Israeli forces kill five Palestinian militants

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The Independent Online

Five Palestinian militants were killed by Israeli forces Sunday, three in a pinpoint helicopter attack and two in a clash with soldiers, Israeli and Palestinian officials said.

The helicopter fired missiles at a car in which the three men were travelling near Qabatiye in the northern West Bank, Palestinian security officials said.

All three were members of the radical Islamic Jihad, Palestinian officials said. One of them, Muhammed Psharat, was on Israel's wanted list, said the Palestinian officials, who spoke on condition of anonymity.

Nafez Azam, an Islamic Jihad spokesman in Gaza, condemned the attack as "an ugly crime," adding that the group "will not forget the blood of its martyrs."

The Palestinian Authority also condemned the attack. Yasser Arafat's media adviser Nabil Abourdeineh, said the Israeli policy of assassination "will lead to the collapse" of the ceasefire.

There was no immediate comment from the Israeli army spokesman.

Several leading Palestinian militants have been killed in Israeli helicopter attacks or by army snipers. Others have died in explosions. Israeli leaders have confirmed the policy of pinpoint attacks, but did not acknowledge responsibility for some of the killings.

Earlier on Sunday, in a gunfight which took place before first light, Israeli infantry killed two militants from another radical Islamic group, Hamas. The clash also took place in the northern West Bank. The two were carrying bombs which they intended to plant by the roadside, the Israeli army spokesman said.

The daily violence has persisted despite a Mideast truce declared nearly three weeks ago. Weekend talks between Palestinian leader Yasser Arafat and Israeli Foreign Minister Shimon Peres in Portugal produced no breakthroughs, only recriminations.

But Peres defended his efforts. "We can't let the situation escalate so we have to keep talking," he said on Israeli television.

Sunday's gun battle broke out around dawn when a group of Palestinians fired on Israeli soldiers near the town of Jenin, according to Israeli Col. Efie Cohen. The Israeli troops returned fire and pursued the militants, several of whom fled into Palestinian­controlled territory. Two, however, were killed, and explosive devices were found on their bodies, the colonel said.

The two men were seeking to plant a roadside bomb and detonate it when Jewish settlers were expected to pass by later in the day, Palestinian security officials said on condition of anonymity.

Hamas released a statement identifying the men as their fighters, Mahmoud Suleiman Khalil and Jamal Deifollah Hassan. Hamas, which has carried out repeated attacks against Israeli targets, has refused to recognize the Mideast truce.

Meanwhile, the Israeli military was active on a second front Sunday. Israeli air force warplanes blasted a Syrian military radar in eastern Lebanon. Israel and the Lebanese guerrilla group Hezbollah also waged an artillery duel along their disputed frontier.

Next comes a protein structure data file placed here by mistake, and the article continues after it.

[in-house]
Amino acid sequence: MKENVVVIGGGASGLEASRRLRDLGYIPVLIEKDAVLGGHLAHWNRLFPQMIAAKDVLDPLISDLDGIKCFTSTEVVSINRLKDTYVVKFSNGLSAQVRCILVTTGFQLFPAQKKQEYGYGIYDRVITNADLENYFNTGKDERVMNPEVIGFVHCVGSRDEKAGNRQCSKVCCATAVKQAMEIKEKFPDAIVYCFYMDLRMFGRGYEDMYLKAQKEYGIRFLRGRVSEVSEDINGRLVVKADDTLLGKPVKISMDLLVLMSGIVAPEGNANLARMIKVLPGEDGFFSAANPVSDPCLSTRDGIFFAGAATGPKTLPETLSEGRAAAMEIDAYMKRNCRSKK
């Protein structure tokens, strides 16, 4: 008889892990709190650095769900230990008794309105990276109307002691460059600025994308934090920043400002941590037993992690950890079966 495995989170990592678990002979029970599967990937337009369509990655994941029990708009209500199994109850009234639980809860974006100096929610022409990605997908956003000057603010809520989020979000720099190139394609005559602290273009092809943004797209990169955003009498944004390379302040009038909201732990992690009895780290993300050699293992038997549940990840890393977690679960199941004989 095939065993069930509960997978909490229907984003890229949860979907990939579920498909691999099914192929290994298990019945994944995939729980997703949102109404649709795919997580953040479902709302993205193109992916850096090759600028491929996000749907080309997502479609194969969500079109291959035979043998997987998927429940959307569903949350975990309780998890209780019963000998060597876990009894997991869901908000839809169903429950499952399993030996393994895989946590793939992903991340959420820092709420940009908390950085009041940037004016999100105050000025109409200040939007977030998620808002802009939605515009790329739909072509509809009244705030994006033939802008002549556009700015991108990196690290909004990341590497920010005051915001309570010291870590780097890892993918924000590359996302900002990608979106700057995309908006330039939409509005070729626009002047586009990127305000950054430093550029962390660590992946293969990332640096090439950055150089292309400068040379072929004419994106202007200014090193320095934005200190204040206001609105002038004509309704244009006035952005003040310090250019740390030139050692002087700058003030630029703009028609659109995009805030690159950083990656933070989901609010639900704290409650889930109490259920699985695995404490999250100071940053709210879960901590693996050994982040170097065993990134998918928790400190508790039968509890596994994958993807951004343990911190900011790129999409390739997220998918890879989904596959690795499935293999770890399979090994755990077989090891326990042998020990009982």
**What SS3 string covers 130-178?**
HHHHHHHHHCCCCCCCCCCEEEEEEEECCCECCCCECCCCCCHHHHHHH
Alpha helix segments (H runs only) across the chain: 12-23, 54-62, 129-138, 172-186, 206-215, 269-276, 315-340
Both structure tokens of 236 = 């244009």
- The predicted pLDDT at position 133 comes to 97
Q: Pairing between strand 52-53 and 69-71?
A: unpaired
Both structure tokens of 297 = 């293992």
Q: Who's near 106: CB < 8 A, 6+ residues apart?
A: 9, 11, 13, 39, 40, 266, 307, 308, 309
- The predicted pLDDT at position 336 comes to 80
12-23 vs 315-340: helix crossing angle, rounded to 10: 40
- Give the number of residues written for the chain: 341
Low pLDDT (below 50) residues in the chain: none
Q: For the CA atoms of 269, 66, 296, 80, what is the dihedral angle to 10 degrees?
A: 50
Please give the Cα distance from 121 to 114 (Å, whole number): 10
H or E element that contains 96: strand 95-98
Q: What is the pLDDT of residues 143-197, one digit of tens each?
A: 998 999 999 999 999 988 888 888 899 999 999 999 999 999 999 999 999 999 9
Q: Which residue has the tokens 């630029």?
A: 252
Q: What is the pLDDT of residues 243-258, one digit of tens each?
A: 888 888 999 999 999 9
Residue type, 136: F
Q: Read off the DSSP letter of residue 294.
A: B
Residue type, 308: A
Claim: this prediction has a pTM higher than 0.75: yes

Israel said Sunday's air strike was in response to a Hezbollah bombardment Friday that injured two Israeli soldiers.

Israel withdrew its army from south Lebanon just over a year ago, bringing an end almost daily fighting that lasted for two decades. The border has been mostly quiet since then, but the latest clashes raised the specter of renewed artillery battles and air strikes in the region.

The Israeli­Palestinian cease­fire, declared June 13, has contributed to a reduction in the overall level of fighting, but it has not ended the nine months of conflict. The Israelis are insisting on a week of complete calm before the two sides move to a "cooling off" period of six weeks.

Prime Minister Ariel Sharon said Sunday evening there must be a total, not partial halt to the violence. "There will not be any beginning of any political process whatsoever before there is an absolute halt ­ not half, nor temporary ­ but an absolute halt to terrorism and violence and incitement," he told a gathering of settlers in the southern West Bank.

Palestinian Planning Minister Nabil Shaath said a cooling off period, monitored by international observers, is the only way to "guarantee serious movement back to the peace process."

However Sharon has said there has yet to be a single day of calm since the cease­fire was declared, and he is opposed to bringing foreign monitors into the region.

If the two sides reach a cooling off period, it could include such measures as an easing of Israeli checkpoints and other restrictions on Palestinian movements. However, a precise timetable has not be announced.

Palestinian security officials insisted they were trying to prevent attacks against Israeli targets, but said the complete cessation sought by Israel is unrealistic.

"Everyone knows there will be some individuals or groups from both sides who try to stop this process through bloodshed or killings," said Jibril Rajoub, the Palestinian security chief in the West Bank. "No one should be surprised if an individual attack happens here or there."

But Israel's Defense Minister Binyamin Ben­Eliezer was critical of the Palestinian effort.

"It looks like we have no one with whom to talk peace," he said. "I'm still living with the hope that the day will come when we will sit at the table."

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